What causes patterns of functional specialization in the human brain? Are such responses built into our genetic inheritance, or do they arise through learning and experience with environmental structure? The nature and extent of diversity in human cognition hinges upon answers to these questions. I will discuss new work suggesting that the functional profiles of different cortical regions are jointly constrained by their long-range anatomical connectivity and by learning and experience. At a coarse scale this arrangement produces homologies across individuals with little effect of experience, but at a finer scale, substantial individual variability can be observed. I will support these arguments with reference to new brain imaging, computational modeling, and patient studies of semantic memory—the form of memory that supports knowledge about the meanings of words and objects. The convergence of methods suggests a new account of semantic representation that reconciles long-standing theoretical disputes.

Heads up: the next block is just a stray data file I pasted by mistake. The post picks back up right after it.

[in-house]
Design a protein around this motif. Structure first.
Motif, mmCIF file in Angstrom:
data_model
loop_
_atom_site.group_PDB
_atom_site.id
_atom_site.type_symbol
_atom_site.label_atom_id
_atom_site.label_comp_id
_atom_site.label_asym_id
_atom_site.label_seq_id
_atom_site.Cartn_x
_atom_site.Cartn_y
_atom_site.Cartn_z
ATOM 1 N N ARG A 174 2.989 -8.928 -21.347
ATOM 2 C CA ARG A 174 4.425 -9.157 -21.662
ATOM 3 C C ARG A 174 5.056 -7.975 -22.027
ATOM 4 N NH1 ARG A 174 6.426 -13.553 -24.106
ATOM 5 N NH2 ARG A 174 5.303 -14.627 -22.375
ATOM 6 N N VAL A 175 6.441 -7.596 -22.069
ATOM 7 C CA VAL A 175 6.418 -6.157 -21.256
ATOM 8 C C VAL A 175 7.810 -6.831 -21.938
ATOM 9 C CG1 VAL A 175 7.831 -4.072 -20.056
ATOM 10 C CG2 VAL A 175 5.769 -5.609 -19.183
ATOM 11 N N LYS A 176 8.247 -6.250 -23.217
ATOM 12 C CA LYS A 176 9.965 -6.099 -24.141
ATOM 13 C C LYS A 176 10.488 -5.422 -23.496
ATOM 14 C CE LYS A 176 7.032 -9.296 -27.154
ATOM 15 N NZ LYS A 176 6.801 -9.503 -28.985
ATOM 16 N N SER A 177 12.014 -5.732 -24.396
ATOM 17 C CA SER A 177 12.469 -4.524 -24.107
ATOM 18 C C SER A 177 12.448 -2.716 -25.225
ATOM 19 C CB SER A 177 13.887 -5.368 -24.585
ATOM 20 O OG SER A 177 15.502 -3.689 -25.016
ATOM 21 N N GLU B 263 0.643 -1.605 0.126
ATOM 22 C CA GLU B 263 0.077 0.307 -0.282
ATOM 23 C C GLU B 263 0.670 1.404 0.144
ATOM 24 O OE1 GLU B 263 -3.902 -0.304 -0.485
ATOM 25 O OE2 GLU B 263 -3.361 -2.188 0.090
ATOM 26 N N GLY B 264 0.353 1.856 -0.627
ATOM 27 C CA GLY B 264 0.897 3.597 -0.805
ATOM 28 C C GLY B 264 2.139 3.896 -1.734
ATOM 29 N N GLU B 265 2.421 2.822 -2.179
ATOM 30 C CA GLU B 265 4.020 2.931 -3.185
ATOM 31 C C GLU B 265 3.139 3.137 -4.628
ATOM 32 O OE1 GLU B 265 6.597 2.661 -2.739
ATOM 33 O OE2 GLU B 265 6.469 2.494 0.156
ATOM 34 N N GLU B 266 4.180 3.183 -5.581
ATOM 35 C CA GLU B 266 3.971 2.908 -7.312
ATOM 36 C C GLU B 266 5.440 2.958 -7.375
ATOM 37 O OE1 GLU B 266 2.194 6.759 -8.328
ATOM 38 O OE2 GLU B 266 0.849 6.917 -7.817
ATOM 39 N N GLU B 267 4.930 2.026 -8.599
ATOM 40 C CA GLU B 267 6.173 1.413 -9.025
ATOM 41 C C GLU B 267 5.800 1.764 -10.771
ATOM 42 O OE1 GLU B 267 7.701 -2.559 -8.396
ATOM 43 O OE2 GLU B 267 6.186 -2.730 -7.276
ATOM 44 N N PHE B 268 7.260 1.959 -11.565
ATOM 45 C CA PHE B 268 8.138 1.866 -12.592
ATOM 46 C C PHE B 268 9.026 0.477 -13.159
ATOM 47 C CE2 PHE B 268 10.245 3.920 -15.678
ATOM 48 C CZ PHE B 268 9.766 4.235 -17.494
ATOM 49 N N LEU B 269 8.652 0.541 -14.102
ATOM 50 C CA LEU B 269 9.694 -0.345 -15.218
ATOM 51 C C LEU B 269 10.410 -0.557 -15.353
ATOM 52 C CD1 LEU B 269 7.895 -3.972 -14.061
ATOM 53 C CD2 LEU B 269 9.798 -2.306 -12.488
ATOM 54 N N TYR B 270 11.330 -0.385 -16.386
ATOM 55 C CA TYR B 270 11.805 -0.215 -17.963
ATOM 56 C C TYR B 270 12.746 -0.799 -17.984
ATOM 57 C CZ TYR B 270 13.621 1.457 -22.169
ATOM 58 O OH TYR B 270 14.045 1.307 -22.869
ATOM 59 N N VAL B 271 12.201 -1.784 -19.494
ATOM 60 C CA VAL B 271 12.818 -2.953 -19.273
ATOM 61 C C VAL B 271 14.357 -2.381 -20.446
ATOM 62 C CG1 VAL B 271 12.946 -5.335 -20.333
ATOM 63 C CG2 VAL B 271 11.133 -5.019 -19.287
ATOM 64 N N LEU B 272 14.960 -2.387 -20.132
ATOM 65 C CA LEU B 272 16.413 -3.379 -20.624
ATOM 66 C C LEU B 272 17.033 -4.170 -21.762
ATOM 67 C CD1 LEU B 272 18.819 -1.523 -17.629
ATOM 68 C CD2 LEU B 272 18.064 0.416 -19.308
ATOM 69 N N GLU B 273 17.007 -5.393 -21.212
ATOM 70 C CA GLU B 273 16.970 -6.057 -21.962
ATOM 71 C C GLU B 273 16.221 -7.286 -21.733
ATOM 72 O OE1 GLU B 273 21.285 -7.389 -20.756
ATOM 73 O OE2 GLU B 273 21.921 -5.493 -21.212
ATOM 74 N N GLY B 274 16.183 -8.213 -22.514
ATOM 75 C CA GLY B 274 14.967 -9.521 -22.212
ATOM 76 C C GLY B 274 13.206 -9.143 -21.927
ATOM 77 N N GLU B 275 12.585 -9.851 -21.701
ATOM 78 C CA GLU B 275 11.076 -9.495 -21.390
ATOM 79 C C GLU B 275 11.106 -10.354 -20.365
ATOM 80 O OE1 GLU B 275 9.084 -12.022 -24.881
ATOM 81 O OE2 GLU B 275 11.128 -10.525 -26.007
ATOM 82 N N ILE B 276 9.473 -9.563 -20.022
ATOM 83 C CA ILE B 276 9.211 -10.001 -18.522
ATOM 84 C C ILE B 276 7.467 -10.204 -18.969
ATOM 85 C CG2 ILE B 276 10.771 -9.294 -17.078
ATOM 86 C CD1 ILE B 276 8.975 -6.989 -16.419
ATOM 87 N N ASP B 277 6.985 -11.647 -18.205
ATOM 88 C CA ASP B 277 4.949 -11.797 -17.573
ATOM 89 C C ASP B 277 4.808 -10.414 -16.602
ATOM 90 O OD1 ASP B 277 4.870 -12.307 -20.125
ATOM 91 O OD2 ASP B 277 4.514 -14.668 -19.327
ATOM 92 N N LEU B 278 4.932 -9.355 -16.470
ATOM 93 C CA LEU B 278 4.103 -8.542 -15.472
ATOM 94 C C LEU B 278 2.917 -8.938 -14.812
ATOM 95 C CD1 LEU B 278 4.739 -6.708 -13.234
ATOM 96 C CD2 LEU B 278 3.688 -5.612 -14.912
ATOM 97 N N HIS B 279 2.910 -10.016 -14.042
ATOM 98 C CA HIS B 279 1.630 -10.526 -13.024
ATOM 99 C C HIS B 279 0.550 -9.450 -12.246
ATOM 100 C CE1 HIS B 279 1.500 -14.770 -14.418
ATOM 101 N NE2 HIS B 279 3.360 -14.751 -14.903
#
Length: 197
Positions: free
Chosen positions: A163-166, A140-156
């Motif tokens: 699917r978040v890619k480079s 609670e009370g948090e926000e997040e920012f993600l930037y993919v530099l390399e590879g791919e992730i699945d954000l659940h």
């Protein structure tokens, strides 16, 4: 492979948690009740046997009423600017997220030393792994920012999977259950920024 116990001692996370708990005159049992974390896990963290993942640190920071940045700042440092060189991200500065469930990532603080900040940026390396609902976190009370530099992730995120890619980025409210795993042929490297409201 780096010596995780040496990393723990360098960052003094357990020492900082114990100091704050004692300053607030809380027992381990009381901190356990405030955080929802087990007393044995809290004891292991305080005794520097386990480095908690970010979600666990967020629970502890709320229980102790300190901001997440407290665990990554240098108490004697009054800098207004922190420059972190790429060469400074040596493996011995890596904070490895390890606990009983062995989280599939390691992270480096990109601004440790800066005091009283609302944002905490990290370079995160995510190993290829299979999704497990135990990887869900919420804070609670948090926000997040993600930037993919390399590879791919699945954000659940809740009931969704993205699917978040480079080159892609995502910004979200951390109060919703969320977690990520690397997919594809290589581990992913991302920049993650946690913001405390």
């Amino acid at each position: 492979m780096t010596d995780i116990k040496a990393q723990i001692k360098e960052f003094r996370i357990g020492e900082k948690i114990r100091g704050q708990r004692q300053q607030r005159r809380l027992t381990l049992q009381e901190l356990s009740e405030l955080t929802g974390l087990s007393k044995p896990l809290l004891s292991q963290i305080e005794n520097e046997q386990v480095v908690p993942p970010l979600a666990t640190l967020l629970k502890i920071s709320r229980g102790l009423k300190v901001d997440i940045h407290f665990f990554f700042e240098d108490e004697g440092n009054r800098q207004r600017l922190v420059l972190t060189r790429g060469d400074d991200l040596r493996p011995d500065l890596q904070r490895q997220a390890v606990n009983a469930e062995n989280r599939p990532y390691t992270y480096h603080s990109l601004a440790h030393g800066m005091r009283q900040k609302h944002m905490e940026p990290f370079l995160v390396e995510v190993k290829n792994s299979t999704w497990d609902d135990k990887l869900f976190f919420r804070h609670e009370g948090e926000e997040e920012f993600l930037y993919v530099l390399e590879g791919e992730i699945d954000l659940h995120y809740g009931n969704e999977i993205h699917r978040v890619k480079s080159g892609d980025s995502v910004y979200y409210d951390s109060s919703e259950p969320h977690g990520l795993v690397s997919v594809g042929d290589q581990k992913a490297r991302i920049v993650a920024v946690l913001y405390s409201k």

Psychology suffers from the problem of studying a narrow database: most research is conducted on samples that are from Western, Educated, Industrialized, Rich, and Democratic societies. The problem is both that many psychological phenomena appear differently across cultures, and that WEIRD samples are psychological outliers on many dimensions. I will review some evidence that reveals the extent of cultural diversity in various psychological processes, and will discuss some implications. In particular, the WEIRD people problem intersects with a recent concern of a replicability crisis in psychology because failed replications conducted in other cultures might indicate boundary conditions for an effect, rather than a problem with internal validity. Moreover, as one solution to the replicability crisis is to collect larger sample sizes this has the unwanted consequence of further incentivizing the reliance on cheap convenience samples, which would exacerbate the WEIRD people problem. Implications and recommendations will be discussed.